Where Facebook Will Fail

Robert Scoble has an interesting (if dated) post called “Why Facebook has never listened and why it definitely won’t start now“.  It’s a good article with many great points.

He writes:

Zuckerberg is a real leader because he doesn’t care what anyone thinks. He’s going to do what he thinks is best for his business. I wish Silicon Valley had more like him.

I get his point.  To run a business effectively, it’s not so important to know what your customer thinks as it is to anticipate what they’re going to think.  And it’s clear that Zuckerberg has a vision and is running with it.

Here’s where I disagree with that vision.

Scoble (and Zuckerberg) have this vision of Facebook as a way to target advertising and make billions. It may well be possible to make billions targeting ads to Facebook users.

There is, however, a mistaken belief that there are high barriers to exit for Facebook users.  The argument goes: when all your friends are on Facebook, you’ll never leave Facebook.

Remember MySpace?

History shows that people will leave Facebook the moment – the instant – something appreciably cooler comes along.  The early adopters will try it, the connectors will promote it, and then the great masses will rush in droves to be a part of it.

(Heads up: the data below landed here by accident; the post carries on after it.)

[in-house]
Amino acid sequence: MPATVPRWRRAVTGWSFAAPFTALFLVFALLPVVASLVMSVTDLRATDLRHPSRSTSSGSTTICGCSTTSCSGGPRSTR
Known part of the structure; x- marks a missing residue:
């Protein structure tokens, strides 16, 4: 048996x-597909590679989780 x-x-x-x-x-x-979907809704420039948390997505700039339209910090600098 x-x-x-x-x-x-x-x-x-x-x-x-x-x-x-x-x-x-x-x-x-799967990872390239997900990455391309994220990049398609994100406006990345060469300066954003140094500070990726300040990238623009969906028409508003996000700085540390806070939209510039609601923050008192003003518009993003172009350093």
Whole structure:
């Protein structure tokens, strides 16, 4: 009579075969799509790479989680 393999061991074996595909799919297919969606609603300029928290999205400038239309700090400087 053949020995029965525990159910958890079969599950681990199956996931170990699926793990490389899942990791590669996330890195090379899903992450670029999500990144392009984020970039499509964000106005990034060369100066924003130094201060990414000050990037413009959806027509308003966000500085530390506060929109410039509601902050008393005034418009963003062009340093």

It isn’t too technically difficult to create a new social networking site.  Plenty of people are doing it.  None of them are sufficiently better than Facebook to steal the market share.  Yet.

Facebook, however, now has a very, very serious liability: all those pesky ads.  Nothing is less cool in a social networking environment than ads.  I disagree firmly with Scoble on this one.  It’s like I’m having a personal conversation with three of my close friends at a party, and this annoying guy keeps poking his head in.  “Did you say you were buying a car?  You need to test drive the new Mazda 6!  It’s Car and Driver’s Car of the Year!”  Then moments later “You went to the dentist?  Did you know that the Oral B is preferred 3 to 1 by dentists for removing plaque?”

I’m trying to have a conversation here, buddy.  It won’t be long before I punch that asshole in the face.

When Facebook is making billions on ads, someone less interested in buying airplanes, yachts and islands can come along with a new social networking site that has no ads or limited ads.  An alternative that will be instantly cooler.

Once it starts, Facebook will be at a terrible disadvantage.  Once you’re making billions, it’s very, very hard to compete against a competitor who is willing to settle for mere hundreds-of-millions.  Their knee-jerk response will be to increase the ad penetration to keep up the revenue stream.

It will be too late for them when they realize that their revenue model is exactly what is turning off their customers.